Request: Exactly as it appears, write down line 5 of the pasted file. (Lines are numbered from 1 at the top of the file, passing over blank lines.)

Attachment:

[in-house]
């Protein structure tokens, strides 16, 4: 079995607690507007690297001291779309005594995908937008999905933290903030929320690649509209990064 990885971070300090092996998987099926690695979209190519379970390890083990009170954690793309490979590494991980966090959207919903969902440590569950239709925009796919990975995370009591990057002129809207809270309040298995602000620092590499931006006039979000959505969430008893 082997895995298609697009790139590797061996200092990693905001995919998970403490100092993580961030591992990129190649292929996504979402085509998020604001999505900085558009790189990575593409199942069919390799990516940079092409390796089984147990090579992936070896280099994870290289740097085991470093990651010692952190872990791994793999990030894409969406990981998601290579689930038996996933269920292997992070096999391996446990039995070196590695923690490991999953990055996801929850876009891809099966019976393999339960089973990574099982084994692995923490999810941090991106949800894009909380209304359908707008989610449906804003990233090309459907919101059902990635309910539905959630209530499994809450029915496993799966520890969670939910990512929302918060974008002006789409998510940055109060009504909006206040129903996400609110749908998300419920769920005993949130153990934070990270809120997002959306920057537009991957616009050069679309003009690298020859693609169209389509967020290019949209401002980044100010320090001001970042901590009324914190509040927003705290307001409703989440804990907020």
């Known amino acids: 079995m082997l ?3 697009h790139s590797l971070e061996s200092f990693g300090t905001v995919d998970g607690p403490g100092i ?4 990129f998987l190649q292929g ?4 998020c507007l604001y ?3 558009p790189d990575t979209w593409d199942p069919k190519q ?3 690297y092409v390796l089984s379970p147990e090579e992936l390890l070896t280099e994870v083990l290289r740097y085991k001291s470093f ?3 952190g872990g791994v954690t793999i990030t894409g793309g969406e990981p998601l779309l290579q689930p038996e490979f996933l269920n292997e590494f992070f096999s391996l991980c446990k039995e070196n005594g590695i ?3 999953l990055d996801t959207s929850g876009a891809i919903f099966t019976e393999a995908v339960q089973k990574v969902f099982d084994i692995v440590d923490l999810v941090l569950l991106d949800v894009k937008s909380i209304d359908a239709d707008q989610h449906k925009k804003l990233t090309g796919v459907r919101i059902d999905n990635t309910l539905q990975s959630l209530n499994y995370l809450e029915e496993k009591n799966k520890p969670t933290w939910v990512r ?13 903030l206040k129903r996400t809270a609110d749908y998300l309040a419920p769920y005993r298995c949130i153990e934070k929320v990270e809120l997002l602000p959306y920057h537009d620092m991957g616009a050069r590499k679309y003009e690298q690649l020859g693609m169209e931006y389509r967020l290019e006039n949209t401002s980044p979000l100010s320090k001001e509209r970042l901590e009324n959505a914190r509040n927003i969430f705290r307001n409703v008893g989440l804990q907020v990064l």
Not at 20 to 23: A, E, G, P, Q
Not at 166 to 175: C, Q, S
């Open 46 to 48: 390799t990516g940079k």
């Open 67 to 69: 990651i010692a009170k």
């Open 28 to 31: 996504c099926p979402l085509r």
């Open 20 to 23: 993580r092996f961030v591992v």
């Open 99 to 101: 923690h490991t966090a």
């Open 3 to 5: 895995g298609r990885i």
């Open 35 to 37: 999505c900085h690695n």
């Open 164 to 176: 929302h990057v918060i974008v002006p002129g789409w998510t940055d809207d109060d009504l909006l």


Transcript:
Not at 166 to 175: C, Q, S